DCU will host the European Transplant and Dialysis Sports Championships 2020, 10 years after the event first took place in Ireland.
Transplant Team Ireland team manager and Irish Kidney Association (IKA) National Projects Manager, Colin White, said DCU is the perfect hub for the competition.
“The location of DCU for access into Dublin is convenient, and from a personal perspective I would lean towards DCU because I like their approach of practical courses,” he said.
White said that DCU’s accommodation, sports facilities and access to the airport made it a great location. The championship’s opening ceremony will be held in the Helix, which he said was a great asset.
From August 2nd to August 9th 2020, over 500 people from over 25 nations will compete in the various games, which include athletics, swimming, tennis and golf. The event is open to people who have received a transplant or who are on dialysis.
Transplant Team Ireland athlete and member of the Local Organising Committee, Peter Heffernan has competed in the games in various swimming events.
“When you’re on something like dialysis, what happens is your quality of life reduces and reduces. Maybe you might get up and you go for a half hour walk, and you’re exhausted for the day. When you get your transplant, you discover that you can do stuff, you can get involved in a whole range of things,” he said.
Heffernan remarked how Transplant Team Ireland are an inspiring group of people who encourage him to get involved in things and feels there are people within the team who he can relate to.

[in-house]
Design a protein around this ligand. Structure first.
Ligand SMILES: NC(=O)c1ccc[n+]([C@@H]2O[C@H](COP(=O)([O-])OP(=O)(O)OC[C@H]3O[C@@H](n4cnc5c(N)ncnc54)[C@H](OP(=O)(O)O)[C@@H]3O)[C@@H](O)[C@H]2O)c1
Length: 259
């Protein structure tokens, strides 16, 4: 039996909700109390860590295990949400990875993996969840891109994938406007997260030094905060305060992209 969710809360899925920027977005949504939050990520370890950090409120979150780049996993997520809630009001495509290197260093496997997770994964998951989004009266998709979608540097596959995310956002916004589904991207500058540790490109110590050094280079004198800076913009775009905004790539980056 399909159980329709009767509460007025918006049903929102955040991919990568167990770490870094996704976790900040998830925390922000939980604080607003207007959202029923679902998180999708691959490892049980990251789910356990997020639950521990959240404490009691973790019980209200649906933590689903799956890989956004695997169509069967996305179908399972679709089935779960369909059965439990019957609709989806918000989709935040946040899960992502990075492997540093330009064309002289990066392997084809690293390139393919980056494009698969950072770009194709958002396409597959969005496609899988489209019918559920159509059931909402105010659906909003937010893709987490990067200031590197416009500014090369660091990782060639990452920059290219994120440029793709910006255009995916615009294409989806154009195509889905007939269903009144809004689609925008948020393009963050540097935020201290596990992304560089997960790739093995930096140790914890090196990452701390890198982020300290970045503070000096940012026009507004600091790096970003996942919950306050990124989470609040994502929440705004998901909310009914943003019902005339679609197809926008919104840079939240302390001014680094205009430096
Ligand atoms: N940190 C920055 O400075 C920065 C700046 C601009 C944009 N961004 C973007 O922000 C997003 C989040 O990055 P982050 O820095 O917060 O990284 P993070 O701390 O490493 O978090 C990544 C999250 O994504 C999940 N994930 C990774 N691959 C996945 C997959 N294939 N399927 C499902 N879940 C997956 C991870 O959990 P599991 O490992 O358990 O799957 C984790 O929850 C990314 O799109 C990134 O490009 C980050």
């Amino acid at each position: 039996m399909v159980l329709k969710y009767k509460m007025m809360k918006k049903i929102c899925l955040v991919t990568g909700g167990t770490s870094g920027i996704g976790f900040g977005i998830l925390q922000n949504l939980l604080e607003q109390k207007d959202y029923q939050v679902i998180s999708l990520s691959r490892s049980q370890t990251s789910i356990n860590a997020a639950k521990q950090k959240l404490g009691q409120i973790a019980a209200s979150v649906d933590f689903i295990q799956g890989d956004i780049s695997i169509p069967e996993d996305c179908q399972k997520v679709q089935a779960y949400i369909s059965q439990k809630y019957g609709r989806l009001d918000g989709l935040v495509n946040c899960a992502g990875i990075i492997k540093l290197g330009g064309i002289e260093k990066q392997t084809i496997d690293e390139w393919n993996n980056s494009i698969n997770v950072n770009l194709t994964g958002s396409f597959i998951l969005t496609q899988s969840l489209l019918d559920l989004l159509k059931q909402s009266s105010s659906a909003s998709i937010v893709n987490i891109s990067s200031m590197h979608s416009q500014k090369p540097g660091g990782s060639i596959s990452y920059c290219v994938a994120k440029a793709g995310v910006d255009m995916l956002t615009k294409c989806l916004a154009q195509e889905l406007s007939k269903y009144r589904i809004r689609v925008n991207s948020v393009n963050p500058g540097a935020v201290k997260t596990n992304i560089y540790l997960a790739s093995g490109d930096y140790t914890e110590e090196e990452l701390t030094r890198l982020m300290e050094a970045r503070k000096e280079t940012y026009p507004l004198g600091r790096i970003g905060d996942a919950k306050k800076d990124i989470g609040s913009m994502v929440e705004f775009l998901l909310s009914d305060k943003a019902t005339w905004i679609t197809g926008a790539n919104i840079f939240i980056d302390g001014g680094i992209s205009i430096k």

“Wherever you are, and maybe more so on dialysis, you’ll realise that you’re not alone. You realise there’s loads of other people around who have similar experiences to you.
“What can happen is you can focus on what you can’t do, whereas when you’re with Transplant Team Ireland, you suddenly realise what you can do,” Heffernan said
Michael Dwyer, member of the Local Organising Committee, said everyone should chat with their families about organ donation.
“When it hits you, it’s a shock because you think you’re fit and well. Unfortunately in my case, somebody had to lose their life for me to get a second chance at life. I’ll be forever grateful for the donor and their family for making that decision,” Dwyer said.
White feels the IKA want to use the championships to show transplant recipients and people on dialysis that they can be active and healthy. He said that they also want to illustrate to the public the benefits of organ donation.
“I could do a newspaper advert and say X number of people are awaiting transplant, this number of people die every day waiting for a transplant, somebody would look at it, probably get terribly depressed and that’s it.
“Whereas we’re gonna have 500 or 600 stories coming here, that could be your neighbour, could be your husband, could be your wife…and it’s going to be “wow, these people have benefited from the gift of life, many from a complete stranger, and look at what they can achieve,” he said.
Seven of the 13 sport events will take place in DCU, with other locations including the National Aquatic Centre and the Phoenix Park.
Image Credit: Conor McCabe